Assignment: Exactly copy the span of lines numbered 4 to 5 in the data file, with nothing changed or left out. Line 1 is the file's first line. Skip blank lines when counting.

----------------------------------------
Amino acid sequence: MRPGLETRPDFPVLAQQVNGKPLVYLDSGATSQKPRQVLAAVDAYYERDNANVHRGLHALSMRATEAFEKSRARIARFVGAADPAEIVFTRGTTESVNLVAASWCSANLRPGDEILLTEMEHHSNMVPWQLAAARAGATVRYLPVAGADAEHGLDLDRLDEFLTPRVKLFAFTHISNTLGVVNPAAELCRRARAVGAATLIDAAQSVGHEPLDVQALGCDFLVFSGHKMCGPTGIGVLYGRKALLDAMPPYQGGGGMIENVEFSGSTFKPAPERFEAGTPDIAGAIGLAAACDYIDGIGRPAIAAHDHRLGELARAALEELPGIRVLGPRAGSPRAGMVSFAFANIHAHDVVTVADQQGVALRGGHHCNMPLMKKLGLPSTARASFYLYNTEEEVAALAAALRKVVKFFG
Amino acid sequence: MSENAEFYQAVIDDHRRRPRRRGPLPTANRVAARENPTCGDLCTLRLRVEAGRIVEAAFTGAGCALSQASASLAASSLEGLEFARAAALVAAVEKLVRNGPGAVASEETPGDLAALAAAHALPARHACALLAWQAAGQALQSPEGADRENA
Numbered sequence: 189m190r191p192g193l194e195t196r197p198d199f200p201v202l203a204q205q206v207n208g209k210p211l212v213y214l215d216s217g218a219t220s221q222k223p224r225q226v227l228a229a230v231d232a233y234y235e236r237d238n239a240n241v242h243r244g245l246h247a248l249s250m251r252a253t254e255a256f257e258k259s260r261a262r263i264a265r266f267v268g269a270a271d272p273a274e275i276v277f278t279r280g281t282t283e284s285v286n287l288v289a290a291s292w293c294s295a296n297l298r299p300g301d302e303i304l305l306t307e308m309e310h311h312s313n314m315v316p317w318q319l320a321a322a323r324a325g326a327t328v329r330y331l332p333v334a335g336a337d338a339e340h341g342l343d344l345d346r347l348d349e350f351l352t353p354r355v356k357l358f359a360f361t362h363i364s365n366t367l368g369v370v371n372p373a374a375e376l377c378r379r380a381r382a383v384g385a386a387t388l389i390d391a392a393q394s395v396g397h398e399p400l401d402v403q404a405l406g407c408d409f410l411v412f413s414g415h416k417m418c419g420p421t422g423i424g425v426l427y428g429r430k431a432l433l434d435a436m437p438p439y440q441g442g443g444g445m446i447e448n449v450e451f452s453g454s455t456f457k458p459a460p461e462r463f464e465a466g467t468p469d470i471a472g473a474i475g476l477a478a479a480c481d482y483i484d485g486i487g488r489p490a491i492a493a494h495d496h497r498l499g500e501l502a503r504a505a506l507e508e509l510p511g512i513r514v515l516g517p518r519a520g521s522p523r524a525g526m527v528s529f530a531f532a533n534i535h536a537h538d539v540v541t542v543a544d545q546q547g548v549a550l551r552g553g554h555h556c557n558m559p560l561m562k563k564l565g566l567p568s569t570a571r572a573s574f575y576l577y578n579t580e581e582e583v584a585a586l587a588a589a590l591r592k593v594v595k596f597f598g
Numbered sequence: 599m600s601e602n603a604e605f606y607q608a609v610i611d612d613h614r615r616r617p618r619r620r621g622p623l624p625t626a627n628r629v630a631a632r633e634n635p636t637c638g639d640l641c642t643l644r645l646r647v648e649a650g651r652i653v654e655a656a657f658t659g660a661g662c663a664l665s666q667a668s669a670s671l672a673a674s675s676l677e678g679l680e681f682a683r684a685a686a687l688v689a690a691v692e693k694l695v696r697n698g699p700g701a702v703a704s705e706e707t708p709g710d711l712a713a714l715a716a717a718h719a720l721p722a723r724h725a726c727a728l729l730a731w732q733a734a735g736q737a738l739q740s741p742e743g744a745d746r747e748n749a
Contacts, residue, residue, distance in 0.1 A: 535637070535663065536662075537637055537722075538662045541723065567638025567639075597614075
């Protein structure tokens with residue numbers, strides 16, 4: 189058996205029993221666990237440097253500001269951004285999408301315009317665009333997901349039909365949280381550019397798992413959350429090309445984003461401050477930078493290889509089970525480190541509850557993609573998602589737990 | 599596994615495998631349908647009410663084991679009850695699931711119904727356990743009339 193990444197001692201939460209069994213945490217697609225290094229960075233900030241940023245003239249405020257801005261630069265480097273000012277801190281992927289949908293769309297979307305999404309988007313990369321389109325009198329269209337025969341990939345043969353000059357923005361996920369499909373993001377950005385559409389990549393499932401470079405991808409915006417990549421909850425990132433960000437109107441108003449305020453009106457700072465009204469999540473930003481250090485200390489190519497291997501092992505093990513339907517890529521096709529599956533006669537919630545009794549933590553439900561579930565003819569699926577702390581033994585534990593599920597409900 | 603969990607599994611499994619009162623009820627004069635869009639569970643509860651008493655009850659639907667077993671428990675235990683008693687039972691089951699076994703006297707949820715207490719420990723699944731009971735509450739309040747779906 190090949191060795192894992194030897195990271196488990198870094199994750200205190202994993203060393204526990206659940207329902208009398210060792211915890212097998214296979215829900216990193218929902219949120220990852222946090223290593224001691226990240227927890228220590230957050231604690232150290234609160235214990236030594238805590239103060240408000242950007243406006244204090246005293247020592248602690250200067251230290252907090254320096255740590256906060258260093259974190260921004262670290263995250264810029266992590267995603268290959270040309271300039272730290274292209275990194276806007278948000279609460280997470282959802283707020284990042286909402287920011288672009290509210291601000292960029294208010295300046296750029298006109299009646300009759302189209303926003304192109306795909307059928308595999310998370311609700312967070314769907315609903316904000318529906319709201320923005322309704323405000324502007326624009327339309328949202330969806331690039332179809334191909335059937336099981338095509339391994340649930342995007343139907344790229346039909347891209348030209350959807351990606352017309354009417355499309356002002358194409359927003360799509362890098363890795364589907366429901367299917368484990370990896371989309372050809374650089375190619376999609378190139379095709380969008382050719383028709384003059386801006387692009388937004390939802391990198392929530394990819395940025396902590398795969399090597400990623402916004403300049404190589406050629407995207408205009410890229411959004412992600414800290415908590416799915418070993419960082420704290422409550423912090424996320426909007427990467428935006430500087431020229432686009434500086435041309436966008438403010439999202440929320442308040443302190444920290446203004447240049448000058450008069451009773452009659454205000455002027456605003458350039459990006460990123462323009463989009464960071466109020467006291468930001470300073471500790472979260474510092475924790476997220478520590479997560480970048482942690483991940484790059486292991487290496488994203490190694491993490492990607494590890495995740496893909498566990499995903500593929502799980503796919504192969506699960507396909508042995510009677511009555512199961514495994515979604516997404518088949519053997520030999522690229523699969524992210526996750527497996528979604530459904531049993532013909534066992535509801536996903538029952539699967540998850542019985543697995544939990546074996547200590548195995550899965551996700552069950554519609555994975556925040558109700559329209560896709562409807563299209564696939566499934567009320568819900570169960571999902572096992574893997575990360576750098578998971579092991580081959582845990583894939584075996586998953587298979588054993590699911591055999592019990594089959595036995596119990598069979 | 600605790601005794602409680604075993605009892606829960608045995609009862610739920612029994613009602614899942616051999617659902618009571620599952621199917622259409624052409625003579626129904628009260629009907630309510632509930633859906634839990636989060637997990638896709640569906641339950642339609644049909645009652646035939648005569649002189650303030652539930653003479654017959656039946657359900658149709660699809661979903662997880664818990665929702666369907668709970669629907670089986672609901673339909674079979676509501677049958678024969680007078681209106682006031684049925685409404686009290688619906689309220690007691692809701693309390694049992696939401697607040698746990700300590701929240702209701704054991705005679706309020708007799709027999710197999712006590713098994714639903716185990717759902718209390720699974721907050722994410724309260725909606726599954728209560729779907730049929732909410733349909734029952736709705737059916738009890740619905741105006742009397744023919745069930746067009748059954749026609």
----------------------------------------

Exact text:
Numbered sequence: 599m600s601e602n603a604e605f606y607q608a609v610i611d612d613h614r615r616r617p618r619r620r621g622p623l624p625t626a627n628r629v630a631a632r633e634n635p636t637c638g639d640l641c642t643l644r645l646r647v648e649a650g651r652i653v654e655a656a657f658t659g660a661g662c663a664l665s666q667a668s669a670s671l672a673a674s675s676l677e678g679l680e681f682a683r684a685a686a687l688v689a690a691v692e693k694l695v696r697n698g699p700g701a702v703a704s705e706e707t708p709g710d711l712a713a714l715a716a717a718h719a720l721p722a723r724h725a726c727a728l729l730a731w732q733a734a735g736q737a738l739q740s741p742e743g744a745d746r747e748n749a
Contacts, residue, residue, distance in 0.1 A: 535637070535663065536662075537637055537722075538662045541723065567638025567639075597614075